Published: 10:19, 24 June 2020
| Updated: 11:23, 24 June 2020
With venues beginning to tentatively reopen their doors again, what else can you do now that lockdown's been eased?
Here are some suggestions which might even surprise you...
1 Paddle Boarding with your dog
Did you even know this was a thing before lockdown? Stand up paddle boarding with your dog could be the best tail-wagging experience you've ever tried. Enjoy a new activity in the great outdoors with Action Watersports in Lydd, which can supply a wetsuit and buoyancy aid, while you'll need to bring swimwear and a towel, or two. Instructors will be on hand to offer you guidance and assistance and once you're happy on the board your doggo can join you.
To book and find out more visit actionwatersports.co.uk
2 Play crazy golf
Some mini and crazy golf sites are now open, with social distancing and other necessary measures, while others remain closed while managers work out how to reopen.
Mr Mulligan's Dino Golf in Tonbridge is open for groups from the same household when booking online. A game of 18 holes costs £25 for a family or £8.95 for over 12s and £6.50 for under. You'll need to read up on the new rules in place at the site before attending to ensure safety for all. Book at mrmulligan.com/tonbridge
If you fancy something a little more grown-up, golf courses across the county reopened last month for outdoor exercise. At Hever Castle Golf Club, which is set in more than 250 acres, there is the chance to play 27 holes of golf including a Championship 18 hole course. Club captains recently handed over almost £6,000 to the homeless charity Porchlight, which was the club captains’ charity for 2019/2020. Book at hevercastle.co.uk
3 Go fishing
Angling sites across England were able to open their gates again last month and if you're new to the sport, there are plenty of fisheries across the county that can help you get started.
They include the 126-acre Monk Lakes fishery on Staplehurst Road, Marden which has seven mature lakes, plus 2,000 meters of river bank along the River Beult. In total, there are more than 45 acres of prime water for all levels of anglers. You'll need to read up on the new rules on the website before visiting, so you are aware of the social distancing and other measures. The cafe is open, but only for takeaways. Find out more at monklakes.co.uk
4 Learn to Geocache
Can you follow a map and like to be outside? It's a little more high tech with geocaching, in which participants use a GPS receiver or mobile device to hide and seek containers, called "geocaches" or "caches", at specific locations marked by coordinates. There's a chance to try this at Betteshanger Country Park in Deal, which opened to visitors again at the beginning of this month. You can embark on your special self-led orienteering adventure around the 121 hectare site from 9.30am on Saturday, June 27, after picking up the special map from Bike Hire on site. Find out more at betteshanger-park.co.uk
5 Sampire Hoe, Dover
The nature reserve, near Dover, created by Eurotunnel during the construction of the Channel Tunnel and managed by the White Cliffs Countryside Partnership, is now open to visitors from 7am to dusk. Home to more than 200 species of plants, 120 species of birds and 30 species of butterflies, plus other wildlife such as slowworms, it’s a nature lovers' paradise. Dogs must be on leads and visitors are urged to stay on the footpaths. Find out more at samphirehoe.com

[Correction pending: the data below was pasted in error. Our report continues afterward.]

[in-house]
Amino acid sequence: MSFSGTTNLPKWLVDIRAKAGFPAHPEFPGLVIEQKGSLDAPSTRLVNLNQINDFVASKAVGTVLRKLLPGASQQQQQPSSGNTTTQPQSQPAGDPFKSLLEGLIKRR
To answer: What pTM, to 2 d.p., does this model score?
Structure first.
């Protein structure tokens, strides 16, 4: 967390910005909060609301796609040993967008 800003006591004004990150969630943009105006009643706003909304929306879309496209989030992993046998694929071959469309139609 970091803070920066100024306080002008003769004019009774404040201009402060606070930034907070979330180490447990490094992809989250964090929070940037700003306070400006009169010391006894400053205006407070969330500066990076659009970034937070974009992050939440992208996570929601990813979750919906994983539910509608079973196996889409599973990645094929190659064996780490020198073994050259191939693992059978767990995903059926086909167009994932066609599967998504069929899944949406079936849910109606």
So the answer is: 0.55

6 Take a charming cherry walk
The home of the National Fruit Collection, Brogdale, reopened its orchards last week, though many of its events are still cancelled. But the cherry orchards are still busy blooming, and visitors can head off on a self-guided walk through the trees that are bursting with life at the moment.
The site hosts the largest collection of temperate fruit in the world. You can take the self-guided walk with a map or mobile app and enjoy the wildlife while you're out. You'll need an orchard pass to pop in, and guides will be on hand from a safe distance to help if you need it. Orchard passes cost £13.50 for an adult or £28 for a family and are for a year’s free entry to the fruit-filled orchards. The orchards will be open seven days a week between 10am and 4pm. Book a timeslot and buy a pass at brogdalecollections.org.
7 Watch boats on the river
The ferry may not be running and popular riverside pub may not be open, but don't let that stop you watching the boats go by at the Grove Ferry Picnic site, which is open, as are the public toilets. Set along the picturesque banks of the Great Stour River, it is the ideal place to have a picnic, watch the boats drift by and enjoy the wildlife. It takes its name from the hand-drawn ferry that once crossed the water. The park is also close to the Stodmarsh National Nature Reserve.
8 See world class art
This year would have been the Folkestone Triennial, but it has been postponed until the latter part of 2021. But don't let that ruin your chances to see world class art this year, as many of the works from previous triennials are still in and around the town. The Folkestone Artworks became the UK's largest urban contemporary outdoor art exhibition last year when The Ledge by Bill Woodrow at 7m, joined the artworks dotted around the area, standing tall in its position at Folkestone's Lower Leas Coastal Promenade. You can also see Tracey Emin's works and a piece by Yoko Ono. While you're in Folkestone head to the Harbour Arm, which has now reopened for promenading daily between
8.30am to 5.30pm. Find out more here.
9 Get fit
Gyms may still be closed for a bit longer, and if your gentle walk around the park isn't really keeping the pounds off, you may (or may not) be pleased to hear that some outdoor exercise clubs have started again, including British Military Fitness. BMF has booked spaces and is able to provide socially distanced workouts in the open air. Sign up for one at the parks in Kent here.